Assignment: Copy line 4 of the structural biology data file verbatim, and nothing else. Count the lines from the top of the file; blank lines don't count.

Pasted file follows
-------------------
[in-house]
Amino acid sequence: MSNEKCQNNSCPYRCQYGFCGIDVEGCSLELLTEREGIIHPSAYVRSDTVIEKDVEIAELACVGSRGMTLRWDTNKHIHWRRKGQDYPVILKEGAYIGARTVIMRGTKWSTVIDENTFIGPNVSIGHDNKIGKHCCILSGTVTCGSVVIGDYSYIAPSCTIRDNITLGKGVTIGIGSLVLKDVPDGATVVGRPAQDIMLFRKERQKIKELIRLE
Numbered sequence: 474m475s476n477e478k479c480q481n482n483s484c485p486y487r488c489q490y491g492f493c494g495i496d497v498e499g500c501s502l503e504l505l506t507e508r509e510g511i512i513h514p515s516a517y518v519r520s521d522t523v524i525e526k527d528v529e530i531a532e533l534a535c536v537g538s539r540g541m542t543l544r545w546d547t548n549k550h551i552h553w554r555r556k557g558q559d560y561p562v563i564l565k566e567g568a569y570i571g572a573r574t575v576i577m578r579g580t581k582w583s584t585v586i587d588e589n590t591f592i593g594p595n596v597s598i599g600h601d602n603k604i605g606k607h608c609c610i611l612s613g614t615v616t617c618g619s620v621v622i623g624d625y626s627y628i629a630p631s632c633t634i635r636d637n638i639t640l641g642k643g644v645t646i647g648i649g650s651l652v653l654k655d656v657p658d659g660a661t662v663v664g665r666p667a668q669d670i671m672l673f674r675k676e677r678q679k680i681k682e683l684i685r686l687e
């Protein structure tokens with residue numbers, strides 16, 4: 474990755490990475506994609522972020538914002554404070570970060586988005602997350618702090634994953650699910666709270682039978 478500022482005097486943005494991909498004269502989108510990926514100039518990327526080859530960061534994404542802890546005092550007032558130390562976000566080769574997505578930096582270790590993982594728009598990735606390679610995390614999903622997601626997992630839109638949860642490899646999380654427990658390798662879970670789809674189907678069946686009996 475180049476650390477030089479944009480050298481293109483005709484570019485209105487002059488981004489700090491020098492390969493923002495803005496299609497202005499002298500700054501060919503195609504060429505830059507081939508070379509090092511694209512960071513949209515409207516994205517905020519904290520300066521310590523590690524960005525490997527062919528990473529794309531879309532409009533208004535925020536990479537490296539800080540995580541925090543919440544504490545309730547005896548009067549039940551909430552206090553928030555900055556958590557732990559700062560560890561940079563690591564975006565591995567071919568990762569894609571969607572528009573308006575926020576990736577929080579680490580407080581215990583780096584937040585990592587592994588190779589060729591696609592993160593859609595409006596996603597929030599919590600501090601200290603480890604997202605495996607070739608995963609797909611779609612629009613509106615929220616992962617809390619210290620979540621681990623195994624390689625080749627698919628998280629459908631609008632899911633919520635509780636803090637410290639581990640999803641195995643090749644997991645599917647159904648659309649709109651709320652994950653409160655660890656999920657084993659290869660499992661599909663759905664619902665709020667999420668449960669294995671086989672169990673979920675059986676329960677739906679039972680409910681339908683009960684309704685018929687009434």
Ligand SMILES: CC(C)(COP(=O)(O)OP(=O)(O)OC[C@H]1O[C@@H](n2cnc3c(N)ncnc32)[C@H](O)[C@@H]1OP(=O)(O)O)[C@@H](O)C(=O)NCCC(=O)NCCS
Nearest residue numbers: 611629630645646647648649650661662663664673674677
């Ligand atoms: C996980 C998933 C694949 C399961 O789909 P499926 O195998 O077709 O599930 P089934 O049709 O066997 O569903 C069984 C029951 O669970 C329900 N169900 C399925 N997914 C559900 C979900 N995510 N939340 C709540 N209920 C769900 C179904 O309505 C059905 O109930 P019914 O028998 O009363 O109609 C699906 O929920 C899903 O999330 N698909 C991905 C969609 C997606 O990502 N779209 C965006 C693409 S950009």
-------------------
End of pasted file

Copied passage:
């Protein structure tokens with residue numbers, strides 16, 4: 474990755490990475506994609522972020538914002554404070570970060586988005602997350618702090634994953650699910666709270682039978 478500022482005097486943005494991909498004269502989108510990926514100039518990327526080859530960061534994404542802890546005092550007032558130390562976000566080769574997505578930096582270790590993982594728009598990735606390679610995390614999903622997601626997992630839109638949860642490899646999380654427990658390798662879970670789809674189907678069946686009996 475180049476650390477030089479944009480050298481293109483005709484570019485209105487002059488981004489700090491020098492390969493923002495803005496299609497202005499002298500700054501060919503195609504060429505830059507081939508070379509090092511694209512960071513949209515409207516994205517905020519904290520300066521310590523590690524960005525490997527062919528990473529794309531879309532409009533208004535925020536990479537490296539800080540995580541925090543919440544504490545309730547005896548009067549039940551909430552206090553928030555900055556958590557732990559700062560560890561940079563690591564975006565591995567071919568990762569894609571969607572528009573308006575926020576990736577929080579680490580407080581215990583780096584937040585990592587592994588190779589060729591696609592993160593859609595409006596996603597929030599919590600501090601200290603480890604997202605495996607070739608995963609797909611779609612629009613509106615929220616992962617809390619210290620979540621681990623195994624390689625080749627698919628998280629459908631609008632899911633919520635509780636803090637410290639581990640999803641195995643090749644997991645599917647159904648659309649709109651709320652994950653409160655660890656999920657084993659290869660499992661599909663759905664619902665709020667999420668449960669294995671086989672169990673979920675059986676329960677739906679039972680409910681339908683009960684309704685018929687009434």